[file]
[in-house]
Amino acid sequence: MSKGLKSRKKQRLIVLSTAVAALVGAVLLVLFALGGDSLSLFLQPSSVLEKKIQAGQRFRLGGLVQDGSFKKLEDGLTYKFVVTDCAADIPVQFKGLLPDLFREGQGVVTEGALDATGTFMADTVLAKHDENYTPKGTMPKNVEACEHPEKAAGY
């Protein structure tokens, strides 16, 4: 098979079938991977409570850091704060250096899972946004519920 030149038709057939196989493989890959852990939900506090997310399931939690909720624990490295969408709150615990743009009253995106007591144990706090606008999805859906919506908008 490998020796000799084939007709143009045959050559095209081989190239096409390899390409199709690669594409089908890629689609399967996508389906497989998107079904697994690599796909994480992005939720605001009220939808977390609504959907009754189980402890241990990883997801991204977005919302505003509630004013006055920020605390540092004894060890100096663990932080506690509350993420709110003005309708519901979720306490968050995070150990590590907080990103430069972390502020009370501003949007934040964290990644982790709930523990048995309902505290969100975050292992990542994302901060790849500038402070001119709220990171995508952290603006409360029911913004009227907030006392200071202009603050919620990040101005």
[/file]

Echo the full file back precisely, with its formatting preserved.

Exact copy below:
[in-house]
Amino acid sequence: MSKGLKSRKKQRLIVLSTAVAALVGAVLLVLFALGGDSLSLFLQPSSVLEKKIQAGQRFRLGGLVQDGSFKKLEDGLTYKFVVTDCAADIPVQFKGLLPDLFREGQGVVTEGALDATGTFMADTVLAKHDENYTPKGTMPKNVEACEHPEKAAGY
């Protein structure tokens, strides 16, 4: 098979079938991977409570850091704060250096899972946004519920 030149038709057939196989493989890959852990939900506090997310399931939690909720624990490295969408709150615990743009009253995106007591144990706090606008999805859906919506908008 490998020796000799084939007709143009045959050559095209081989190239096409390899390409199709690669594409089908890629689609399967996508389906497989998107079904697994690599796909994480992005939720605001009220939808977390609504959907009754189980402890241990990883997801991204977005919302505003509630004013006055920020605390540092004894060890100096663990932080506690509350993420709110003005309708519901979720306490968050995070150990590590907080990103430069972390502020009370501003949007934040964290990644982790709930523990048995309902505290969100975050292992990542994302901060790849500038402070001119709220990171995508952290603006409360029911913004009227907030006392200071202009603050919620990040101005």